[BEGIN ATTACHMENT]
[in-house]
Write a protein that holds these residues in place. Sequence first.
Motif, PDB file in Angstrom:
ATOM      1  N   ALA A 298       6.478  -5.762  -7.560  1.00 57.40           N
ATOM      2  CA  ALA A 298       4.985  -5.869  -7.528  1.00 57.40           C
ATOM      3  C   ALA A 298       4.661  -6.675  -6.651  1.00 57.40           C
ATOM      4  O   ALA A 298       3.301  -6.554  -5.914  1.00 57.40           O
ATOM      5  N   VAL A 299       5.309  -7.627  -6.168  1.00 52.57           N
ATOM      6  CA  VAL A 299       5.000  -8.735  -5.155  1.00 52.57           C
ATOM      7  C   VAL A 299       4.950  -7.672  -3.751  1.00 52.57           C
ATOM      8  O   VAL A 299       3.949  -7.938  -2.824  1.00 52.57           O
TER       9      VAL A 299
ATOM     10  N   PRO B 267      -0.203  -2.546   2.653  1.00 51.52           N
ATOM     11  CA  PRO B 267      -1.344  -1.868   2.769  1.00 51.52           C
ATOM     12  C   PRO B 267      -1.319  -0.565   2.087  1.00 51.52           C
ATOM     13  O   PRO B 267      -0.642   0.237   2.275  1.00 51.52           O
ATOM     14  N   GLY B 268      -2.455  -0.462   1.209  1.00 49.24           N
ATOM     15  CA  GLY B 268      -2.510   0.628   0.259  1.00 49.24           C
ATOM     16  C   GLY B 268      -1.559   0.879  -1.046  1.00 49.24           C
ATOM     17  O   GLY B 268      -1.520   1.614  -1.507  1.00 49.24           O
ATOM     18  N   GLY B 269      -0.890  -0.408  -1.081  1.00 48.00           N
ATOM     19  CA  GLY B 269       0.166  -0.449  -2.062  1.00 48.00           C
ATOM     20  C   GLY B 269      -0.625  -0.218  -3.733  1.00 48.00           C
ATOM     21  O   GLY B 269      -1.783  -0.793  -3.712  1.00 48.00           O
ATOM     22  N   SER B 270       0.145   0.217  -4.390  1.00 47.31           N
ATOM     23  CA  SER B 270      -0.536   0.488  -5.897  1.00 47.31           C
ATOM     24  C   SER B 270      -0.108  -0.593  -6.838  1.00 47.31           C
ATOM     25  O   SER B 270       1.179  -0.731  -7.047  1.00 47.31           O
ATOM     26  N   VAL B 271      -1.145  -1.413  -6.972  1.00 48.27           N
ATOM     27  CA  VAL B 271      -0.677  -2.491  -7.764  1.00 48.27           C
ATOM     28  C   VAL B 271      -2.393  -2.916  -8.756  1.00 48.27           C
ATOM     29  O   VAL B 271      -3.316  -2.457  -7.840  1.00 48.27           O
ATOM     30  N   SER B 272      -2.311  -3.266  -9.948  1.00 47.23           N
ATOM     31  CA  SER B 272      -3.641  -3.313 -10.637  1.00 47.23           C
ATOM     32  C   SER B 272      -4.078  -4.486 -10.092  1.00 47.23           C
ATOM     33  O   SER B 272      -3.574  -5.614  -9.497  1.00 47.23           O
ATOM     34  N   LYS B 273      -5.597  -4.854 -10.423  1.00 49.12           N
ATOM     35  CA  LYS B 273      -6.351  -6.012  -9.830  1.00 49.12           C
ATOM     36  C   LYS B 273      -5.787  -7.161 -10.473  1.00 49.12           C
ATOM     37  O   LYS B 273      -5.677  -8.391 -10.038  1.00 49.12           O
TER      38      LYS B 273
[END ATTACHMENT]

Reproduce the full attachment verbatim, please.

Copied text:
[in-house]
Write a protein that holds these residues in place. Sequence first.
Motif, PDB file in Angstrom:
ATOM      1  N   ALA A 298       6.478  -5.762  -7.560  1.00 57.40           N
ATOM      2  CA  ALA A 298       4.985  -5.869  -7.528  1.00 57.40           C
ATOM      3  C   ALA A 298       4.661  -6.675  -6.651  1.00 57.40           C
ATOM      4  O   ALA A 298       3.301  -6.554  -5.914  1.00 57.40           O
ATOM      5  N   VAL A 299       5.309  -7.627  -6.168  1.00 52.57           N
ATOM      6  CA  VAL A 299       5.000  -8.735  -5.155  1.00 52.57           C
ATOM      7  C   VAL A 299       4.950  -7.672  -3.751  1.00 52.57           C
ATOM      8  O   VAL A 299       3.949  -7.938  -2.824  1.00 52.57           O
TER       9      VAL A 299
ATOM     10  N   PRO B 267      -0.203  -2.546   2.653  1.00 51.52           N
ATOM     11  CA  PRO B 267      -1.344  -1.868   2.769  1.00 51.52           C
ATOM     12  C   PRO B 267      -1.319  -0.565   2.087  1.00 51.52           C
ATOM     13  O   PRO B 267      -0.642   0.237   2.275  1.00 51.52           O
ATOM     14  N   GLY B 268      -2.455  -0.462   1.209  1.00 49.24           N
ATOM     15  CA  GLY B 268      -2.510   0.628   0.259  1.00 49.24           C
ATOM     16  C   GLY B 268      -1.559   0.879  -1.046  1.00 49.24           C
ATOM     17  O   GLY B 268      -1.520   1.614  -1.507  1.00 49.24           O
ATOM     18  N   GLY B 269      -0.890  -0.408  -1.081  1.00 48.00           N
ATOM     19  CA  GLY B 269       0.166  -0.449  -2.062  1.00 48.00           C
ATOM     20  C   GLY B 269      -0.625  -0.218  -3.733  1.00 48.00           C
ATOM     21  O   GLY B 269      -1.783  -0.793  -3.712  1.00 48.00           O
ATOM     22  N   SER B 270       0.145   0.217  -4.390  1.00 47.31           N
ATOM     23  CA  SER B 270      -0.536   0.488  -5.897  1.00 47.31           C
ATOM     24  C   SER B 270      -0.108  -0.593  -6.838  1.00 47.31           C
ATOM     25  O   SER B 270       1.179  -0.731  -7.047  1.00 47.31           O
ATOM     26  N   VAL B 271      -1.145  -1.413  -6.972  1.00 48.27           N
ATOM     27  CA  VAL B 271      -0.677  -2.491  -7.764  1.00 48.27           C
ATOM     28  C   VAL B 271      -2.393  -2.916  -8.756  1.00 48.27           C
ATOM     29  O   VAL B 271      -3.316  -2.457  -7.840  1.00 48.27           O
ATOM     30  N   SER B 272      -2.311  -3.266  -9.948  1.00 47.23           N
ATOM     31  CA  SER B 272      -3.641  -3.313 -10.637  1.00 47.23           C
ATOM     32  C   SER B 272      -4.078  -4.486 -10.092  1.00 47.23           C
ATOM     33  O   SER B 272      -3.574  -5.614  -9.497  1.00 47.23           O
ATOM     34  N   LYS B 273      -5.597  -4.854 -10.423  1.00 49.12           N
ATOM     35  CA  LYS B 273      -6.351  -6.012  -9.830  1.00 49.12           C
ATOM     36  C   LYS B 273      -5.787  -7.161 -10.473  1.00 49.12           C
ATOM     37  O   LYS B 273      -5.677  -8.391 -10.038  1.00 49.12           O
TER      38      LYS B 273